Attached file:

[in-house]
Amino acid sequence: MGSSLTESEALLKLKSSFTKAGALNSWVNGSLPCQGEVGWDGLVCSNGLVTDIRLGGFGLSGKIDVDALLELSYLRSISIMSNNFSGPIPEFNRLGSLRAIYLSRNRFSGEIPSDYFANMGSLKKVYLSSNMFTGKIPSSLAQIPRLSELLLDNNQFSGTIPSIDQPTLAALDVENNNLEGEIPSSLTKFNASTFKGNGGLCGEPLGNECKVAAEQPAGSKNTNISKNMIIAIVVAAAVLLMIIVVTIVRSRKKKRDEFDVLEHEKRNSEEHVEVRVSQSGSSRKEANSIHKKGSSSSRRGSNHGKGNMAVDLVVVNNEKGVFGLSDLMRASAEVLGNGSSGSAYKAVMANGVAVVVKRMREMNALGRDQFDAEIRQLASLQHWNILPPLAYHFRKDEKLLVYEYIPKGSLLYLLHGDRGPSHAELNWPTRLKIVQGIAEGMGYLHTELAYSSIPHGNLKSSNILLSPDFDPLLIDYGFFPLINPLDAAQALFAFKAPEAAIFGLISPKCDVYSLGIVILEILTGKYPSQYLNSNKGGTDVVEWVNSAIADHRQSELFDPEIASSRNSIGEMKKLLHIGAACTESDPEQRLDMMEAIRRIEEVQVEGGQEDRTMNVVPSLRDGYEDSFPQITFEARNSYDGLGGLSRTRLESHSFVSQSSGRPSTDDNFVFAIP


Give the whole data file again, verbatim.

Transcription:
[in-house]
Amino acid sequence: MGSSLTESEALLKLKSSFTKAGALNSWVNGSLPCQGEVGWDGLVCSNGLVTDIRLGGFGLSGKIDVDALLELSYLRSISIMSNNFSGPIPEFNRLGSLRAIYLSRNRFSGEIPSDYFANMGSLKKVYLSSNMFTGKIPSSLAQIPRLSELLLDNNQFSGTIPSIDQPTLAALDVENNNLEGEIPSSLTKFNASTFKGNGGLCGEPLGNECKVAAEQPAGSKNTNISKNMIIAIVVAAAVLLMIIVVTIVRSRKKKRDEFDVLEHEKRNSEEHVEVRVSQSGSSRKEANSIHKKGSSSSRRGSNHGKGNMAVDLVVVNNEKGVFGLSDLMRASAEVLGNGSSGSAYKAVMANGVAVVVKRMREMNALGRDQFDAEIRQLASLQHWNILPPLAYHFRKDEKLLVYEYIPKGSLLYLLHGDRGPSHAELNWPTRLKIVQGIAEGMGYLHTELAYSSIPHGNLKSSNILLSPDFDPLLIDYGFFPLINPLDAAQALFAFKAPEAAIFGLISPKCDVYSLGIVILEILTGKYPSQYLNSNKGGTDVVEWVNSAIADHRQSELFDPEIASSRNSIGEMKKLLHIGAACTESDPEQRLDMMEAIRRIEEVQVEGGQEDRTMNVVPSLRDGYEDSFPQITFEARNSYDGLGGLSRTRLESHSFVSQSSGRPSTDDNFVFAIP